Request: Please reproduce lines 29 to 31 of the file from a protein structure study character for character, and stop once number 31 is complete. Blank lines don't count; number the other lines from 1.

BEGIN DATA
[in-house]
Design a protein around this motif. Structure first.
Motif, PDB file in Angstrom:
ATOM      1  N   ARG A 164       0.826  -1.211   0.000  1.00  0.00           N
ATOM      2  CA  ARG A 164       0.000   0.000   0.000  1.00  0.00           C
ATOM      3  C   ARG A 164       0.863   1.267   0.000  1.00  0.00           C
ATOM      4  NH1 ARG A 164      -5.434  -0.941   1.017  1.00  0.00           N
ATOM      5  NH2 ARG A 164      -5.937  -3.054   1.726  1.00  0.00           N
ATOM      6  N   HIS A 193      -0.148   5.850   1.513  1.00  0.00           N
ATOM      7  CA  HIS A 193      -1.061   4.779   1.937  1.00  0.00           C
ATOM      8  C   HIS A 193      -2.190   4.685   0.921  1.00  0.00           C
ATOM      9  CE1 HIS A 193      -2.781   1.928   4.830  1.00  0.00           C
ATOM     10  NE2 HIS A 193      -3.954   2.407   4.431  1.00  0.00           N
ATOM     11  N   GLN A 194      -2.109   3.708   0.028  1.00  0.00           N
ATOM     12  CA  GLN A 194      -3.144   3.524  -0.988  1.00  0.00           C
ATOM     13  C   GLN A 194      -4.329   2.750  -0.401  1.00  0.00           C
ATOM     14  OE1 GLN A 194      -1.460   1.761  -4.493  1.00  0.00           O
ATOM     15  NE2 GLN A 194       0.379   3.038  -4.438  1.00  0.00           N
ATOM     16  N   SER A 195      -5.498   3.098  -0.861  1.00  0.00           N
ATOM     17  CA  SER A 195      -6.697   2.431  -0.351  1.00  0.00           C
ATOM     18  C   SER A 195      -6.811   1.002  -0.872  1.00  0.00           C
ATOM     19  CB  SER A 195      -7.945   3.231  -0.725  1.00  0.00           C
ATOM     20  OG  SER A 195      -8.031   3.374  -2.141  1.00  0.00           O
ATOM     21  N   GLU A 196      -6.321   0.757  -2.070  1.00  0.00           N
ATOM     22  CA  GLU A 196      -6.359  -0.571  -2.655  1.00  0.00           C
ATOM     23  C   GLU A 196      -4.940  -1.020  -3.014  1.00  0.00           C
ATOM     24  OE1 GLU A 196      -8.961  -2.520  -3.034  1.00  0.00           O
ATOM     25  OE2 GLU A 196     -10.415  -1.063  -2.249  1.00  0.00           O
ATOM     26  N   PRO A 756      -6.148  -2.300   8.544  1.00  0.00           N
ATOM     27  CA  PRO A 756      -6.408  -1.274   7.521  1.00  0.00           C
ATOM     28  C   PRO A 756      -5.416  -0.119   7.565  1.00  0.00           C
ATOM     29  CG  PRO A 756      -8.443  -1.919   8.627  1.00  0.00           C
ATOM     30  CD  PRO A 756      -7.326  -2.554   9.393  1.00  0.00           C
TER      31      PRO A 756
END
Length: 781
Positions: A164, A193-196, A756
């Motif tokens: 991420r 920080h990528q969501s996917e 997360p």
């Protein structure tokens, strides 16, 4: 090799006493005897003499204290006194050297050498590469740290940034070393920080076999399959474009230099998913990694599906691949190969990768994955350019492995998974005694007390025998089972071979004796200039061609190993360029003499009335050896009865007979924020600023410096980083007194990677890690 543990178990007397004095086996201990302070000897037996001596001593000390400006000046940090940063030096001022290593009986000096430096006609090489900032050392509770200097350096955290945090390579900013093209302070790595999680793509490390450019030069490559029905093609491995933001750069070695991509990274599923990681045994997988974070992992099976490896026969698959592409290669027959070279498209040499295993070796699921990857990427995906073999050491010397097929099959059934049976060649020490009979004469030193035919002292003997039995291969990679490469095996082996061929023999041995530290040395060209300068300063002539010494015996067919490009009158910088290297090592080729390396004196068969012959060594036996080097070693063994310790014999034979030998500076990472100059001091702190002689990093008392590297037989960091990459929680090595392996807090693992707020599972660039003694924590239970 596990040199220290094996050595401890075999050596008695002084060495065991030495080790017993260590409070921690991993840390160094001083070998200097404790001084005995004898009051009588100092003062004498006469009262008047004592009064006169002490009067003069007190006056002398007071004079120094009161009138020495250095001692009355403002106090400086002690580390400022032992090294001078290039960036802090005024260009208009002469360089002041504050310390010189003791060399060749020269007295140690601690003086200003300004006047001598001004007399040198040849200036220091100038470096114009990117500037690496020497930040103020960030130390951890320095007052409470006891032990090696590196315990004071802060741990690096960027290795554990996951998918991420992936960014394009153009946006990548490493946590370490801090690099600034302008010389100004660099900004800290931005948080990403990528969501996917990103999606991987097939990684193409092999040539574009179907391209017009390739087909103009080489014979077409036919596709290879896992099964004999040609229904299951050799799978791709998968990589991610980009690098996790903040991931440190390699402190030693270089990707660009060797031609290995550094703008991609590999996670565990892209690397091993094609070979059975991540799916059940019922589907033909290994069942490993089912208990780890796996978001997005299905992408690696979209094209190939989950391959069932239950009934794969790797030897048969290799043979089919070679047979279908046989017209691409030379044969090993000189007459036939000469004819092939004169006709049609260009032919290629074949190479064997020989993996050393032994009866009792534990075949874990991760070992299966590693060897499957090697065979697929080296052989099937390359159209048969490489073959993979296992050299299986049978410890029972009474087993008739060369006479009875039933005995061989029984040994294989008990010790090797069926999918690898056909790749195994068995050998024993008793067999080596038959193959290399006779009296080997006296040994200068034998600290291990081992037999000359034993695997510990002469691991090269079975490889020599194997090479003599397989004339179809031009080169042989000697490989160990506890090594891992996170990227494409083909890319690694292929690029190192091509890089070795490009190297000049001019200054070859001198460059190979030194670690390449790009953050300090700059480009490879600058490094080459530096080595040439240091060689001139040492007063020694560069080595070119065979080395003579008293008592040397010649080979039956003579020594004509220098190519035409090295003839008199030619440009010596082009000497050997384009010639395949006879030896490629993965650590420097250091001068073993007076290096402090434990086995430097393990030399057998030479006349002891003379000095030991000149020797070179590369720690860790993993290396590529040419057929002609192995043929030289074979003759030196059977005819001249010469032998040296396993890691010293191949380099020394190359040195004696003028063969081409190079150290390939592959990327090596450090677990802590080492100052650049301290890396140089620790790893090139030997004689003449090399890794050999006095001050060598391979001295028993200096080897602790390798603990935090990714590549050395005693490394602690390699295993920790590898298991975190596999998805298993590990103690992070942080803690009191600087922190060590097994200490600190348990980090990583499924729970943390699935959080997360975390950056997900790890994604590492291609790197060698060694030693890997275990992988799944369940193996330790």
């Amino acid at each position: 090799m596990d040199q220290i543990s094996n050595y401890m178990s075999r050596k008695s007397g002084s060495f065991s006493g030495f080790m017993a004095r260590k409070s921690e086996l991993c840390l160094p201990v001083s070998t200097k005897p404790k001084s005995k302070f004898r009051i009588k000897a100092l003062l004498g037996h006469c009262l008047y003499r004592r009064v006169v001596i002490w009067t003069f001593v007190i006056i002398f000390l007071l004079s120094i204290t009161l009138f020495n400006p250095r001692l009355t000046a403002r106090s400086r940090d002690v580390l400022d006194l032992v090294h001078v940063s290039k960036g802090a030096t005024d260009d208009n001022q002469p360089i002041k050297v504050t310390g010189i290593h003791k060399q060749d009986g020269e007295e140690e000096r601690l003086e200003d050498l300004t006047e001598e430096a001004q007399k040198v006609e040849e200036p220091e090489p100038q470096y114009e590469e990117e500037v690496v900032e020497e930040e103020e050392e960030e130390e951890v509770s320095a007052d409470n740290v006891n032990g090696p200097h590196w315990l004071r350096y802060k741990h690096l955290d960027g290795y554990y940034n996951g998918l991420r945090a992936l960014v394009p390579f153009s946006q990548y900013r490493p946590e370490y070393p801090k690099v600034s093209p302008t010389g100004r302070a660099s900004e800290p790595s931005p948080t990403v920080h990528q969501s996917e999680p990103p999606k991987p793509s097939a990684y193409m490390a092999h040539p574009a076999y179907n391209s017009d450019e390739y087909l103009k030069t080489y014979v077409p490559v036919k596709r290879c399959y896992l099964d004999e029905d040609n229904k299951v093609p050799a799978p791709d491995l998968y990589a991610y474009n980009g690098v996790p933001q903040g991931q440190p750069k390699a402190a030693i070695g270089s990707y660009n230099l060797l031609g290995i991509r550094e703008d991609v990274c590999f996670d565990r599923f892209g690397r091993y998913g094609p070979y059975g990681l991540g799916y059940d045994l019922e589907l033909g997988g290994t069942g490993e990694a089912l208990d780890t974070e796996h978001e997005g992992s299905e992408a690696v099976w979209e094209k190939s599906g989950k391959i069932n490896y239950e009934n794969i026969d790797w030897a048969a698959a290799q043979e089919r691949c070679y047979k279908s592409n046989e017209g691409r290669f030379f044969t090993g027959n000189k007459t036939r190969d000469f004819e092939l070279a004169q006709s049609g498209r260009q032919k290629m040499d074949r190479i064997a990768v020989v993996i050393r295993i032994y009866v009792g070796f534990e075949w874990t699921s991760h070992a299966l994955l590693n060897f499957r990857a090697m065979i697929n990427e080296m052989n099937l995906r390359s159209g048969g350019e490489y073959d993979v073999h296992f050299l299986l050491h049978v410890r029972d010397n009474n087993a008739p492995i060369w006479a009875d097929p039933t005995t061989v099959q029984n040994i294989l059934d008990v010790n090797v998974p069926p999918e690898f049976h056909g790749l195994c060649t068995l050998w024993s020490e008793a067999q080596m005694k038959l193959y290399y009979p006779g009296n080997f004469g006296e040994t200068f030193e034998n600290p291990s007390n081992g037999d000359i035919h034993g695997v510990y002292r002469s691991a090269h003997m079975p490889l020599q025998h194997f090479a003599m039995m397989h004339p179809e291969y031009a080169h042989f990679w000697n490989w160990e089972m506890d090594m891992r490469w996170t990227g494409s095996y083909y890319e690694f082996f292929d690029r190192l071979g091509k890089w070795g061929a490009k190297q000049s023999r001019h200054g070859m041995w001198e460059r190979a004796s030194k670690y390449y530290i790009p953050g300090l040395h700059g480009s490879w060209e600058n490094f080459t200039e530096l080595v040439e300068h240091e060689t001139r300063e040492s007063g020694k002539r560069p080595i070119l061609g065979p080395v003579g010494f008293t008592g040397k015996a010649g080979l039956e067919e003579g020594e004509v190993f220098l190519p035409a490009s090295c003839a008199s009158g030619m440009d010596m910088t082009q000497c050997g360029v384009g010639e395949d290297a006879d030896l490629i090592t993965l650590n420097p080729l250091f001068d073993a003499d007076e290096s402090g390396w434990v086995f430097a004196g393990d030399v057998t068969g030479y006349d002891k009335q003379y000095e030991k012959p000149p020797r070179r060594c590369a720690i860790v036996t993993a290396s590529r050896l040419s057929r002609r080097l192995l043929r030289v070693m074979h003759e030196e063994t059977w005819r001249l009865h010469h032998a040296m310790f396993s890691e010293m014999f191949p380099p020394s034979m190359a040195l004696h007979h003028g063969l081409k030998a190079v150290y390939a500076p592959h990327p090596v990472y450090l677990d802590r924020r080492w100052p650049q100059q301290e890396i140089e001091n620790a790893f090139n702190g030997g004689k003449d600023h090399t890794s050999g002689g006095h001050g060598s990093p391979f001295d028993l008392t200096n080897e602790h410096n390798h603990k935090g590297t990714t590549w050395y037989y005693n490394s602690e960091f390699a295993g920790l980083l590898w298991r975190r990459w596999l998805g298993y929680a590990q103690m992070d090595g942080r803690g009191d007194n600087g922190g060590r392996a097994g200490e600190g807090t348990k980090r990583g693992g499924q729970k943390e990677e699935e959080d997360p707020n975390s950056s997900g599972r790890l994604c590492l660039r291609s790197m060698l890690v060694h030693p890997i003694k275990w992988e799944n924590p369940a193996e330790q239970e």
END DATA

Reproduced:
ATOM     26  N   PRO A 756      -6.148  -2.300   8.544  1.00  0.00           N
ATOM     27  CA  PRO A 756      -6.408  -1.274   7.521  1.00  0.00           C
ATOM     28  C   PRO A 756      -5.416  -0.119   7.565  1.00  0.00           C